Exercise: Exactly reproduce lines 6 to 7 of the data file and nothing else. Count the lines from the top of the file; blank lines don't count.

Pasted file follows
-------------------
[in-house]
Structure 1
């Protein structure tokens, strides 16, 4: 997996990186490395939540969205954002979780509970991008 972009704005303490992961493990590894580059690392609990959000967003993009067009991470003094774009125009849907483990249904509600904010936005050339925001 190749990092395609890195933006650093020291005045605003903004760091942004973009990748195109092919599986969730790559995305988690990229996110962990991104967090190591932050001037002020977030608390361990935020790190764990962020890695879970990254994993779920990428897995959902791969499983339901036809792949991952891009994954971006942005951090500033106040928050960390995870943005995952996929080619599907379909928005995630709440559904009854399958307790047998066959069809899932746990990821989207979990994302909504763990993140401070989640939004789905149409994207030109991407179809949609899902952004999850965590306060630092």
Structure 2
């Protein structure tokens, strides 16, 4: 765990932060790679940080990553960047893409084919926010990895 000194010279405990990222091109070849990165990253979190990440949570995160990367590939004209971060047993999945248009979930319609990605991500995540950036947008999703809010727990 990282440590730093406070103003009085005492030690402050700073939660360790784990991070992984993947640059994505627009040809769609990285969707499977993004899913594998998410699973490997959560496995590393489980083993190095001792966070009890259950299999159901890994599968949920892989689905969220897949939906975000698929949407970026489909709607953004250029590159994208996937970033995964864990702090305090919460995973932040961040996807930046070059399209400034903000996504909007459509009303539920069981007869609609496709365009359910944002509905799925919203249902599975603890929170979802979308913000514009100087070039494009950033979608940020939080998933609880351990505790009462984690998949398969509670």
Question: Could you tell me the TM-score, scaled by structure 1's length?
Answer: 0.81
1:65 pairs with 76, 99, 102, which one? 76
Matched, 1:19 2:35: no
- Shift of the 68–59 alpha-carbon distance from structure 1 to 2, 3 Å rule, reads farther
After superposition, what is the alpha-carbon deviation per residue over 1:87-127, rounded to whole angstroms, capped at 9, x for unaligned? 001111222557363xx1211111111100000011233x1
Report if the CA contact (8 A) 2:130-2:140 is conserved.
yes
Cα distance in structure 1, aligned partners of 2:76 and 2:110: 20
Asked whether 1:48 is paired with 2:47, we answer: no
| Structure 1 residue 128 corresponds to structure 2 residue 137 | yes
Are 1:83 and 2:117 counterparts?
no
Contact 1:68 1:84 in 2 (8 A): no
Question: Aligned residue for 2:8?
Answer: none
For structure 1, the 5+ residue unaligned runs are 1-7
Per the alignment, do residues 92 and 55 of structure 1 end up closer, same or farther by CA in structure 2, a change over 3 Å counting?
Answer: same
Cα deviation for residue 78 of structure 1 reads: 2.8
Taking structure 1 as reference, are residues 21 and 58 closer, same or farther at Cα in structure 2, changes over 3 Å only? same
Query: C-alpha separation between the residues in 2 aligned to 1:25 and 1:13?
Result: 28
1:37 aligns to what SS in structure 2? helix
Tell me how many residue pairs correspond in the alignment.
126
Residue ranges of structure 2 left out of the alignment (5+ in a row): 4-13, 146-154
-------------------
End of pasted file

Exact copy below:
Question: Could you tell me the TM-score, scaled by structure 1's length?
Answer: 0.81